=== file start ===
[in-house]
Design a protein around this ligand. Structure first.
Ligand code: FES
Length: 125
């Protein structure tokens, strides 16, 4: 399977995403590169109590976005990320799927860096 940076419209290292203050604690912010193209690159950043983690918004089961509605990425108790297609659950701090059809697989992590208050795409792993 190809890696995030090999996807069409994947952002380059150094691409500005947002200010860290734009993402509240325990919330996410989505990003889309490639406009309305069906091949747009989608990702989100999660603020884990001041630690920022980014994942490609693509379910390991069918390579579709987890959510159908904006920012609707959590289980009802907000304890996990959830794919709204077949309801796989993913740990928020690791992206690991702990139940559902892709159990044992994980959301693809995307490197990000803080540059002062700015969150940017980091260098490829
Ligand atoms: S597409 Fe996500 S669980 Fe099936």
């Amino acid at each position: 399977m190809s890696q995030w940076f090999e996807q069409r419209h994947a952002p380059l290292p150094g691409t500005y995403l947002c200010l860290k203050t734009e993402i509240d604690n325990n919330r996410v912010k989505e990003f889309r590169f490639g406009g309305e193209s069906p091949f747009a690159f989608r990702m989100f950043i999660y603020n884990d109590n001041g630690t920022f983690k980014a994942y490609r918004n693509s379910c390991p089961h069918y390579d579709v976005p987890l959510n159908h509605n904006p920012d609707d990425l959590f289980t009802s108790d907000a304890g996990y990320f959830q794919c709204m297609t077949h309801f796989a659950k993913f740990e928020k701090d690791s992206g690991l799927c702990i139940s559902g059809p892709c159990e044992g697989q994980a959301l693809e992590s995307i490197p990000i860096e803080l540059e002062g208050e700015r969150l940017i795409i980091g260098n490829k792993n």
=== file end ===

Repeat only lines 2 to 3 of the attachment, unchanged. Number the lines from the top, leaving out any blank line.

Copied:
Design a protein around this ligand. Structure first.
Ligand code: FES